The release and mobility of organic contaminants (e.g. chlorinated hydrocarbons) is influenced by different temperature dependent characteristics like e.g. contaminant solubility, sorptivity, viscosity, surface tension and molecular diffusion, which generally lead to increased mobility with increasing temperature. These influencing factors cannot yet be regarded as finally investigated, but there are various studies that can be taken as basis for the preparation of model prognosis. These studies however are based on column or batch test and investigated and quantified only isolated processes. So far there is a lack in more complex studies investigating the interaction of the different temperature dependent sub-processes. To therefore quantify the influence of increased groundwater temperatures on the release and mobility of organic contaminants under close-to-reality conditions, tank experiments with inserted residual NAPL phase are performed at temperatures from 10 to 70°C. Variation of boundary conditions like hydraulic conductivity, flow velocity and NAPL source architecture enables the representation of different contamination scenarios and provides a data collection to verify the developed model approach (WP 3.4). The test design is respectively pre-optimized by numerical simulations.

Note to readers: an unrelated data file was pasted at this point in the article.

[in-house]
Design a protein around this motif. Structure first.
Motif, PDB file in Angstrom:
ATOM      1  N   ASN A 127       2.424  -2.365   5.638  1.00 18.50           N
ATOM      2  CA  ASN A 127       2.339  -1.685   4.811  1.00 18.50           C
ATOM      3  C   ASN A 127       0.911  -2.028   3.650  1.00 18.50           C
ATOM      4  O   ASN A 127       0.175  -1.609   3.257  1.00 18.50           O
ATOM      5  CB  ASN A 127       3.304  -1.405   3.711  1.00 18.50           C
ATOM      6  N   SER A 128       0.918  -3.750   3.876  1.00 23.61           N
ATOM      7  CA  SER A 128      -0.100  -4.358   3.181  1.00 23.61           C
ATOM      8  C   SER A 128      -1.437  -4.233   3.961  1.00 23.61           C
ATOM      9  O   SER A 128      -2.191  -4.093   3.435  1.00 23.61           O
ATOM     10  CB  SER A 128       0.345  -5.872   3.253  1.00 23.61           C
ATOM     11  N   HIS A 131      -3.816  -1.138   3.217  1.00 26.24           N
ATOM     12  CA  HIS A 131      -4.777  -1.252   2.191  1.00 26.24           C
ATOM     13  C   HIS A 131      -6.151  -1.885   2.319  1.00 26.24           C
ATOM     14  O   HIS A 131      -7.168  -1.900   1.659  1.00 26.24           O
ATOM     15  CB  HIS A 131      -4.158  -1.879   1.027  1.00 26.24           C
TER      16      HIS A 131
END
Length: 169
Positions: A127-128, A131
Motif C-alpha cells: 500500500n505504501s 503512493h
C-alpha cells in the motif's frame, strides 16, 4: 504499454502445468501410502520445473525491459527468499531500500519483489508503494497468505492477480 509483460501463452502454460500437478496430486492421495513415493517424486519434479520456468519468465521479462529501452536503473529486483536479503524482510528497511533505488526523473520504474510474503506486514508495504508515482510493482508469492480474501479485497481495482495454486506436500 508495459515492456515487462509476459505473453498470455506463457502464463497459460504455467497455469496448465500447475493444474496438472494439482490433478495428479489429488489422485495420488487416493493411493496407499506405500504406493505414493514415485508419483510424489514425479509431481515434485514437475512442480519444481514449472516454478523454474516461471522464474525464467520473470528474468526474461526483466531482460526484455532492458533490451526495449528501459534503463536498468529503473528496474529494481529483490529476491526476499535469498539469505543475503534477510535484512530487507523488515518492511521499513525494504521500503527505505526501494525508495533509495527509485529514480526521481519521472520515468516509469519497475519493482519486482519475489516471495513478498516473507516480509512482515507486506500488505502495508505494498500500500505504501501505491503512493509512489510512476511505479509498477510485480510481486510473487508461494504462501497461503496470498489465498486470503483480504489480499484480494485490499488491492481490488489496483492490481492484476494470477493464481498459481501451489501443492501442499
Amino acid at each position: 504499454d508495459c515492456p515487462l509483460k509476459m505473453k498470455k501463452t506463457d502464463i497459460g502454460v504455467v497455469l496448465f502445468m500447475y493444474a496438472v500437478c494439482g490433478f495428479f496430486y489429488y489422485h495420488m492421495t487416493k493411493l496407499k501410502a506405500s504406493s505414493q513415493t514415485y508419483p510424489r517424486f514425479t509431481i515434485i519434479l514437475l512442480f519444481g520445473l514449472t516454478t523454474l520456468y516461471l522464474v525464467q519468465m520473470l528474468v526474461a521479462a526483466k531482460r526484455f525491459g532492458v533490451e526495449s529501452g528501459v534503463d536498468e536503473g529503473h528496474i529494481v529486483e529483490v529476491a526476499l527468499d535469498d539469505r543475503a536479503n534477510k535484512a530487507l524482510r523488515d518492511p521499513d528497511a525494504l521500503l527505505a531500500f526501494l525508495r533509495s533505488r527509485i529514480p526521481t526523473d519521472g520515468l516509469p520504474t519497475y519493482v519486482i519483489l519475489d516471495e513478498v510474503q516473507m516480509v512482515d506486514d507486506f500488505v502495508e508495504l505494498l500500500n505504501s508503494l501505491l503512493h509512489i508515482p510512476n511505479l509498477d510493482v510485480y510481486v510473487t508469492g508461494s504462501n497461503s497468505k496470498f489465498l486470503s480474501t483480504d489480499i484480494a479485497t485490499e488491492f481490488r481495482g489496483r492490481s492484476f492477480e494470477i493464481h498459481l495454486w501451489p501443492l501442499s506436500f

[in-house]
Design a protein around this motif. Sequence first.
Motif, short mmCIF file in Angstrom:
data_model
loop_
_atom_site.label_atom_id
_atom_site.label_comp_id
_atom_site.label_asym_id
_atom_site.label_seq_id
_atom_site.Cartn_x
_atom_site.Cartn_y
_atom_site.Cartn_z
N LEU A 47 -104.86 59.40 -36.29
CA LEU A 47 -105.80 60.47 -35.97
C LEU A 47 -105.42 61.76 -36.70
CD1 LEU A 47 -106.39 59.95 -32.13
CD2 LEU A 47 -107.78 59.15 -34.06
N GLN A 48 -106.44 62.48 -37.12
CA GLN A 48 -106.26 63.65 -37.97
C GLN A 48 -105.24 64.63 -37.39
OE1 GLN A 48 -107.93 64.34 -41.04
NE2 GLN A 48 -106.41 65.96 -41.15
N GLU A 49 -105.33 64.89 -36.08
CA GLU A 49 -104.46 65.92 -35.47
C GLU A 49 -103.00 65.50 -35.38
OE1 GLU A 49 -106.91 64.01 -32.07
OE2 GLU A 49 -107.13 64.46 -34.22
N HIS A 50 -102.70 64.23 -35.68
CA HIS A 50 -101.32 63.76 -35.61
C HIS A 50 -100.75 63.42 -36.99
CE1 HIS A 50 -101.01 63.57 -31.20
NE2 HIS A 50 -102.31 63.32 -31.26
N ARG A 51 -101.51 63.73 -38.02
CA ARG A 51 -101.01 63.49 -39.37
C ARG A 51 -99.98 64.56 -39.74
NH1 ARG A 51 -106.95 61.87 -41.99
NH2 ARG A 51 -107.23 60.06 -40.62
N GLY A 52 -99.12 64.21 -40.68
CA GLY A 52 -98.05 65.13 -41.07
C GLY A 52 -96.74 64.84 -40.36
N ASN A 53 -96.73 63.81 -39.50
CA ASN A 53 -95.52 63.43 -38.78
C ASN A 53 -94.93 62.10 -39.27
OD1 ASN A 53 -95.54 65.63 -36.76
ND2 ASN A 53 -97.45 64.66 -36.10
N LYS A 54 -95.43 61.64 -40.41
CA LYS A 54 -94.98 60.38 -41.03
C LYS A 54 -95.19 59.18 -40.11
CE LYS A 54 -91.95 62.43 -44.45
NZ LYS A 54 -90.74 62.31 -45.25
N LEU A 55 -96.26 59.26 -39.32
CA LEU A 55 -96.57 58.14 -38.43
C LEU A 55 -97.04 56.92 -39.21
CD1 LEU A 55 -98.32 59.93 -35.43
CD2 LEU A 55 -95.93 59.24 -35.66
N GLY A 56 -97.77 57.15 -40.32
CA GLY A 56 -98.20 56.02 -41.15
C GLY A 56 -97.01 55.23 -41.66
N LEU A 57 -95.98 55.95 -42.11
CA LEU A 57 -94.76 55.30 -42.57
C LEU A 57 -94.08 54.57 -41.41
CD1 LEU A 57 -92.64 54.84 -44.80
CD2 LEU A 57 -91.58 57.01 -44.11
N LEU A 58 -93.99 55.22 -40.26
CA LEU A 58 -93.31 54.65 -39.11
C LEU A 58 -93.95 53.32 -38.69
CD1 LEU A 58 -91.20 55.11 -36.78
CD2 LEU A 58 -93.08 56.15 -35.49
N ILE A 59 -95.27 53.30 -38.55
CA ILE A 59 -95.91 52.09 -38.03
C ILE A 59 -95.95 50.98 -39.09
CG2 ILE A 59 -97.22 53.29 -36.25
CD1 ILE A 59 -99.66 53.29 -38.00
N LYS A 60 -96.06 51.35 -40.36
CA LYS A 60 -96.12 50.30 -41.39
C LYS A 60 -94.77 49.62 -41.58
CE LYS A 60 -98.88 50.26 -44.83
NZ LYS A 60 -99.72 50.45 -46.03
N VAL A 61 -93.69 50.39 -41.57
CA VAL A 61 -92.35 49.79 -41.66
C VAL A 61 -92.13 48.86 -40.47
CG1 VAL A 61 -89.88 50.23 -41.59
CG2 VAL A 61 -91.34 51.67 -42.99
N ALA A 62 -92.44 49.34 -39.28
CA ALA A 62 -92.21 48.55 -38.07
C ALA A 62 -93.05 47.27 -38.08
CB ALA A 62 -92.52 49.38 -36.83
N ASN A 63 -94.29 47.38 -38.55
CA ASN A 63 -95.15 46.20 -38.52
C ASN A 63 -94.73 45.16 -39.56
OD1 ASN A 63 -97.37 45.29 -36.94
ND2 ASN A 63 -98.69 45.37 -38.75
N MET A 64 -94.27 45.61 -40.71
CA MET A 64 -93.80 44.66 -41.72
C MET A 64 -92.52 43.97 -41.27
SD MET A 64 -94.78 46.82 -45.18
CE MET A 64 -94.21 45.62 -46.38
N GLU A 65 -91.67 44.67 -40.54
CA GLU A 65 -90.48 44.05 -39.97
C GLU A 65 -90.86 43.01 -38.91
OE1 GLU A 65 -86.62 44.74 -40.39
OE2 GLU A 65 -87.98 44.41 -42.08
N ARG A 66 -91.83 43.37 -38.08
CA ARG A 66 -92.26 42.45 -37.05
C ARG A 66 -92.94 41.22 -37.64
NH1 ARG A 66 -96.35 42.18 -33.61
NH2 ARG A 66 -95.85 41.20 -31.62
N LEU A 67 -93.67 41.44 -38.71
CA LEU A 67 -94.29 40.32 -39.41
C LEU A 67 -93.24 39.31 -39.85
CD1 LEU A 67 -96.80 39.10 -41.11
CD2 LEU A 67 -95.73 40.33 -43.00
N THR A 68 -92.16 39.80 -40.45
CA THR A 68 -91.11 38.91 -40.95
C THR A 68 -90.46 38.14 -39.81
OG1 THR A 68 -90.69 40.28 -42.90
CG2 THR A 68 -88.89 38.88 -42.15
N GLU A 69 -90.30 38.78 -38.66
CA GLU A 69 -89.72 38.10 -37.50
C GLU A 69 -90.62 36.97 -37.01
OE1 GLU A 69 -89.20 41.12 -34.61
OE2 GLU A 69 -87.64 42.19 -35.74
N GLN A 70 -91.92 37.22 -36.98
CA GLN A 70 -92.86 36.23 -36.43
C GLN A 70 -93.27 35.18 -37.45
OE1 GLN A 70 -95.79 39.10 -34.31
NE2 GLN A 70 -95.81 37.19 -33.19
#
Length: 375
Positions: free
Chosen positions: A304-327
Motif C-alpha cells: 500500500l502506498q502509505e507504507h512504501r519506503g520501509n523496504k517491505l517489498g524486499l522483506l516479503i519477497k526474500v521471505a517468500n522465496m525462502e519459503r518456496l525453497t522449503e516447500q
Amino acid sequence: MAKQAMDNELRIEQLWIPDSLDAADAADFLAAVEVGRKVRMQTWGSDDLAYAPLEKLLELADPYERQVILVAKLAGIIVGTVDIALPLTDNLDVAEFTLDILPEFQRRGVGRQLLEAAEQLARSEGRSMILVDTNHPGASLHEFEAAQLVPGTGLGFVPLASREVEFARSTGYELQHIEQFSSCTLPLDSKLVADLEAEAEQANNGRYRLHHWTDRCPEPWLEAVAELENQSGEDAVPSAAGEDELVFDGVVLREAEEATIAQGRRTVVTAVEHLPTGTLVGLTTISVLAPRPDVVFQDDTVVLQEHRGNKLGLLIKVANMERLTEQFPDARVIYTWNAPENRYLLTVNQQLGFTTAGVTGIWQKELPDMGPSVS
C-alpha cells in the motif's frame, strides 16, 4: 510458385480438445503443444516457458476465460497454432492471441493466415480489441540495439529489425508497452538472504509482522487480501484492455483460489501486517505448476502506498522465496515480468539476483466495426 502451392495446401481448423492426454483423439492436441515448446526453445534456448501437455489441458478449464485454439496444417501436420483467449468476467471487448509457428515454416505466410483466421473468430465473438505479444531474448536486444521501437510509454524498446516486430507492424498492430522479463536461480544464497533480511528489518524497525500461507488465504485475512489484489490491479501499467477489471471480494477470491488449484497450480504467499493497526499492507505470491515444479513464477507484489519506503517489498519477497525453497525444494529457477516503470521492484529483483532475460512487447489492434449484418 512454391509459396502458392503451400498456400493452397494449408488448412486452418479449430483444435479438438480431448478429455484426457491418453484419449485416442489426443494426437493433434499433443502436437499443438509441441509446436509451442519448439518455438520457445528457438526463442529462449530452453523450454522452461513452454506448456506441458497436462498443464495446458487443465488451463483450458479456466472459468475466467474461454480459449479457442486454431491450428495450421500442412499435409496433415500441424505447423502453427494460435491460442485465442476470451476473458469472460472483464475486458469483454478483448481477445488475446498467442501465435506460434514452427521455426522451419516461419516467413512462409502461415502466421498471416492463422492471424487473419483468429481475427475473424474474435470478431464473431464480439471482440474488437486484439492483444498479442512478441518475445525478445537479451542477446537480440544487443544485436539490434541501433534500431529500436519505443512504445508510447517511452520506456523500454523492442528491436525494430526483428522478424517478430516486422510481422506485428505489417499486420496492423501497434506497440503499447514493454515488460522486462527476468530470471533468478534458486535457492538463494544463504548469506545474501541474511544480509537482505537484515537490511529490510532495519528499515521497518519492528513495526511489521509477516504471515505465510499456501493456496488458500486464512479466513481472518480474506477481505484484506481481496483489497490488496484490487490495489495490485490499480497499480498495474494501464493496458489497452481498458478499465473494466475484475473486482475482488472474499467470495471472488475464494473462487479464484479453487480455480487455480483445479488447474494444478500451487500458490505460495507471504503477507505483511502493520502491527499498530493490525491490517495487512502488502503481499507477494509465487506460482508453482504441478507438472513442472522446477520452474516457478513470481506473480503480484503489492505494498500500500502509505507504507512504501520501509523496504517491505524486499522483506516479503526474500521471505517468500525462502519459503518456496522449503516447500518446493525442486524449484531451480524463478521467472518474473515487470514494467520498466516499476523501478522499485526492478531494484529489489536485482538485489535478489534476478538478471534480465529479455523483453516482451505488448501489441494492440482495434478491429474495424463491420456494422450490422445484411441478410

4. Quantification of temperature dependent mobility behavior of trace elements       

(Svea Hausberg, Markus Ebert, Frank Dethlefsen, Andreas Dahmke)

In the course of heat energy storage, the sorption limited mobility of potential inorganic groundwater contaminants may be influenced, whereby studies regarding a temperature dependence of sorption processes are strongly underrepresented in literature. However, a temperature variation may be induced by geothermal applications or leakages of formation water. For this reason, cation and anion sorption reactions in dependence of varied temperatures are investigated. Zinc and arsenate are used as model substances due to their geogenic abundance in near surface aquifers, where they are associated with sulfide minerals or Fe(III)(hydr)oxides. Additionally, their sorption behavior has already been intensely investigated by applying experiments at ambient temperatures, so that parameterized surface complexation models under normal conditions exist. The investigation of temperature dependent sorption limited mobility are carried out with temperated circulating column test, temperated normal pressure column tests with synthetic sediment mixtures, a high pressure experiment, as well as the titration of surfaces charges at different temperatures and additional batch experiments. At first the results are evaluated using simple geochemical modelling approaches, so that a general reaction scheme can be developed, which can be included in more complex models (WP 2.3 and WP 3.4). In addition, these studies aim at deriving a transfer function to combine different sorption isotherms, created at different temperatures, in a “variotherm surface” or, if necessary, in a “variotherm space” to describe sorption processes coherently at variable temperatures. This approach will be opposed to an extension of surface complexation models to varying temperatures, for the evaluation of a more suitable approach to the description of temperature dependent sorption limited mobility.